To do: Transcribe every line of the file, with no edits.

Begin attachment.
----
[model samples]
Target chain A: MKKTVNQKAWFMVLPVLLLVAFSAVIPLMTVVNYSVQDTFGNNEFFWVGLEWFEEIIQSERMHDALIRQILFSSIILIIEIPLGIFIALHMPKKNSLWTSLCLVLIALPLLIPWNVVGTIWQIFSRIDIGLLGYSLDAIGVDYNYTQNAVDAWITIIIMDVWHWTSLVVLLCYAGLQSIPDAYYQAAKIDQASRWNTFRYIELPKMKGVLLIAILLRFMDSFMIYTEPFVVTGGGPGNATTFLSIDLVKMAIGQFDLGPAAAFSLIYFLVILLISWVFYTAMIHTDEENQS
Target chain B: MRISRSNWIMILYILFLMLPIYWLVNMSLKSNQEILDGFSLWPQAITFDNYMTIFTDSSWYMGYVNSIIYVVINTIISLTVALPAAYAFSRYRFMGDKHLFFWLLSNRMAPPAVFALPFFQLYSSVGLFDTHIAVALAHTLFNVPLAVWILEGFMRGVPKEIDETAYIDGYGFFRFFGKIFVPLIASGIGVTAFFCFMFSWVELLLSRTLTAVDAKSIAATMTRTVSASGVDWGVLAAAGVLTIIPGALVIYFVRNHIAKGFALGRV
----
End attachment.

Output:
[model samples]
Target chain A: MKKTVNQKAWFMVLPVLLLVAFSAVIPLMTVVNYSVQDTFGNNEFFWVGLEWFEEIIQSERMHDALIRQILFSSIILIIEIPLGIFIALHMPKKNSLWTSLCLVLIALPLLIPWNVVGTIWQIFSRIDIGLLGYSLDAIGVDYNYTQNAVDAWITIIIMDVWHWTSLVVLLCYAGLQSIPDAYYQAAKIDQASRWNTFRYIELPKMKGVLLIAILLRFMDSFMIYTEPFVVTGGGPGNATTFLSIDLVKMAIGQFDLGPAAAFSLIYFLVILLISWVFYTAMIHTDEENQS
Target chain B: MRISRSNWIMILYILFLMLPIYWLVNMSLKSNQEILDGFSLWPQAITFDNYMTIFTDSSWYMGYVNSIIYVVINTIISLTVALPAAYAFSRYRFMGDKHLFFWLLSNRMAPPAVFALPFFQLYSSVGLFDTHIAVALAHTLFNVPLAVWILEGFMRGVPKEIDETAYIDGYGFFRFFGKIFVPLIASGIGVTAFFCFMFSWVELLLSRTLTAVDAKSIAATMTRTVSASGVDWGVLAAAGVLTIIPGALVIYFVRNHIAKGFALGRV